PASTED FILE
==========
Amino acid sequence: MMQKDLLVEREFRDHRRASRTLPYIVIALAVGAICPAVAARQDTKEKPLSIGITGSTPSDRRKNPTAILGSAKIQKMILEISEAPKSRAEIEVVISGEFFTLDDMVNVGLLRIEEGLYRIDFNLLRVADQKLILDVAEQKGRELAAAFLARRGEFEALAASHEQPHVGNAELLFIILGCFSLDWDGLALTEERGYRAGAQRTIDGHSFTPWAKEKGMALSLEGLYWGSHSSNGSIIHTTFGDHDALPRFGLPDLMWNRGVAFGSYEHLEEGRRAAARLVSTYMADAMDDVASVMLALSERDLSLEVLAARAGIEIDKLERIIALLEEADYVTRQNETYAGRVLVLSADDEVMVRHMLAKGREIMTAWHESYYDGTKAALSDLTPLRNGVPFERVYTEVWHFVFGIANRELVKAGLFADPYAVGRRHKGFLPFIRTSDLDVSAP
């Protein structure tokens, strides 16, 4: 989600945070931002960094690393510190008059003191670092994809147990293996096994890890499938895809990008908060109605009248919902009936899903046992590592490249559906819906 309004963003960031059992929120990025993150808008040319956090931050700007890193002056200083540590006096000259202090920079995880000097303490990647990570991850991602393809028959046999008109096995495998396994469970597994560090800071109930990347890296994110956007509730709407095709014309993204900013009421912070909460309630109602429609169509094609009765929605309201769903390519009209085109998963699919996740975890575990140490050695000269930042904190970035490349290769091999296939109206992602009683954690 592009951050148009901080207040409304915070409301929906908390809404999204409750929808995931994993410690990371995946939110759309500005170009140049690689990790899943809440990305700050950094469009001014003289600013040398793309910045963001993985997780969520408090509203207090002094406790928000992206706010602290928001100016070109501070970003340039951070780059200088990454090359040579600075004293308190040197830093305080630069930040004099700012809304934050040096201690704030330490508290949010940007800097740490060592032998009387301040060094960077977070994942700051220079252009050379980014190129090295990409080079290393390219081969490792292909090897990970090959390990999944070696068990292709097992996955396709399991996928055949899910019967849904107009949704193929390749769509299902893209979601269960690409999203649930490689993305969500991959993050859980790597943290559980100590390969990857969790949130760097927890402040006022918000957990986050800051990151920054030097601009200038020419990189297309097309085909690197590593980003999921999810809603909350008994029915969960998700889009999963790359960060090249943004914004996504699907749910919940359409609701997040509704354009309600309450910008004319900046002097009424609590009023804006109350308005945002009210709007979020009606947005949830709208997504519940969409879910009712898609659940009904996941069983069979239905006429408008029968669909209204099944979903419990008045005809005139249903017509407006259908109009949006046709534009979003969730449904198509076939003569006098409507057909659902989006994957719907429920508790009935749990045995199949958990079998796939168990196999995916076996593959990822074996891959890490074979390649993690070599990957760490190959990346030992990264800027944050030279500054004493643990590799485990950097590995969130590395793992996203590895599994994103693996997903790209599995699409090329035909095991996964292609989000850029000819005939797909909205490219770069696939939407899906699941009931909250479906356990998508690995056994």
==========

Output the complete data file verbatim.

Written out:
Amino acid sequence: MMQKDLLVEREFRDHRRASRTLPYIVIALAVGAICPAVAARQDTKEKPLSIGITGSTPSDRRKNPTAILGSAKIQKMILEISEAPKSRAEIEVVISGEFFTLDDMVNVGLLRIEEGLYRIDFNLLRVADQKLILDVAEQKGRELAAAFLARRGEFEALAASHEQPHVGNAELLFIILGCFSLDWDGLALTEERGYRAGAQRTIDGHSFTPWAKEKGMALSLEGLYWGSHSSNGSIIHTTFGDHDALPRFGLPDLMWNRGVAFGSYEHLEEGRRAAARLVSTYMADAMDDVASVMLALSERDLSLEVLAARAGIEIDKLERIIALLEEADYVTRQNETYAGRVLVLSADDEVMVRHMLAKGREIMTAWHESYYDGTKAALSDLTPLRNGVPFERVYTEVWHFVFGIANRELVKAGLFADPYAVGRRHKGFLPFIRTSDLDVSAP
């Protein structure tokens, strides 16, 4: 989600945070931002960094690393510190008059003191670092994809147990293996096994890890499938895809990008908060109605009248919902009936899903046992590592490249559906819906 309004963003960031059992929120990025993150808008040319956090931050700007890193002056200083540590006096000259202090920079995880000097303490990647990570991850991602393809028959046999008109096995495998396994469970597994560090800071109930990347890296994110956007509730709407095709014309993204900013009421912070909460309630109602429609169509094609009765929605309201769903390519009209085109998963699919996740975890575990140490050695000269930042904190970035490349290769091999296939109206992602009683954690 592009951050148009901080207040409304915070409301929906908390809404999204409750929808995931994993410690990371995946939110759309500005170009140049690689990790899943809440990305700050950094469009001014003289600013040398793309910045963001993985997780969520408090509203207090002094406790928000992206706010602290928001100016070109501070970003340039951070780059200088990454090359040579600075004293308190040197830093305080630069930040004099700012809304934050040096201690704030330490508290949010940007800097740490060592032998009387301040060094960077977070994942700051220079252009050379980014190129090295990409080079290393390219081969490792292909090897990970090959390990999944070696068990292709097992996955396709399991996928055949899910019967849904107009949704193929390749769509299902893209979601269960690409999203649930490689993305969500991959993050859980790597943290559980100590390969990857969790949130760097927890402040006022918000957990986050800051990151920054030097601009200038020419990189297309097309085909690197590593980003999921999810809603909350008994029915969960998700889009999963790359960060090249943004914004996504699907749910919940359409609701997040509704354009309600309450910008004319900046002097009424609590009023804006109350308005945002009210709007979020009606947005949830709208997504519940969409879910009712898609659940009904996941069983069979239905006429408008029968669909209204099944979903419990008045005809005139249903017509407006259908109009949006046709534009979003969730449904198509076939003569006098409507057909659902989006994957719907429920508790009935749990045995199949958990079998796939168990196999995916076996593959990822074996891959890490074979390649993690070599990957760490190959990346030992990264800027944050030279500054004493643990590799485990950097590995969130590395793992996203590895599994994103693996997903790209599995699409090329035909095991996964292609989000850029000819005939797909909205490219770069696939939407899906699941009931909250479906356990998508690995056994």